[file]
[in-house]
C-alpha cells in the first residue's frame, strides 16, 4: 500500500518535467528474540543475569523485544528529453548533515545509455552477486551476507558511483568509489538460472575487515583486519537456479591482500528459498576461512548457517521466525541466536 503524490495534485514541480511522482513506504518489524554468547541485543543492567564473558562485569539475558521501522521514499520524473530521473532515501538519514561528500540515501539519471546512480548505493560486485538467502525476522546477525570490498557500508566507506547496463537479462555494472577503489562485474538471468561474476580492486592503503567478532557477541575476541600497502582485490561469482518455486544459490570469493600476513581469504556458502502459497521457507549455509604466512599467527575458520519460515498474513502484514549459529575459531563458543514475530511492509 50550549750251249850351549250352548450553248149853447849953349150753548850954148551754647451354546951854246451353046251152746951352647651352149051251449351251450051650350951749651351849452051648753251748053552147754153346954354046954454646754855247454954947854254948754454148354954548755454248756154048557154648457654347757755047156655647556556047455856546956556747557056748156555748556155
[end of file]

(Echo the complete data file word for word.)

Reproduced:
[in-house]
C-alpha cells in the first residue's frame, strides 16, 4: 500500500518535467528474540543475569523485544528529453548533515545509455552477486551476507558511483568509489538460472575487515583486519537456479591482500528459498576461512548457517521466525541466536 503524490495534485514541480511522482513506504518489524554468547541485543543492567564473558562485569539475558521501522521514499520524473530521473532515501538519514561528500540515501539519471546512480548505493560486485538467502525476522546477525570490498557500508566507506547496463537479462555494472577503489562485474538471468561474476580492486592503503567478532557477541575476541600497502582485490561469482518455486544459490570469493600476513581469504556458502502459497521457507549455509604466512599467527575458520519460515498474513502484514549459529575459531563458543514475530511492509 50550549750251249850351549250352548450553248149853447849953349150753548850954148551754647451354546951854246451353046251152746951352647651352149051251449351251450051650350951749651351849452051648753251748053552147754153346954354046954454646754855247454954947854254948754454148354954548755454248756154048557154648457654347757755047156655647556556047455856546956556747557056748156555748556155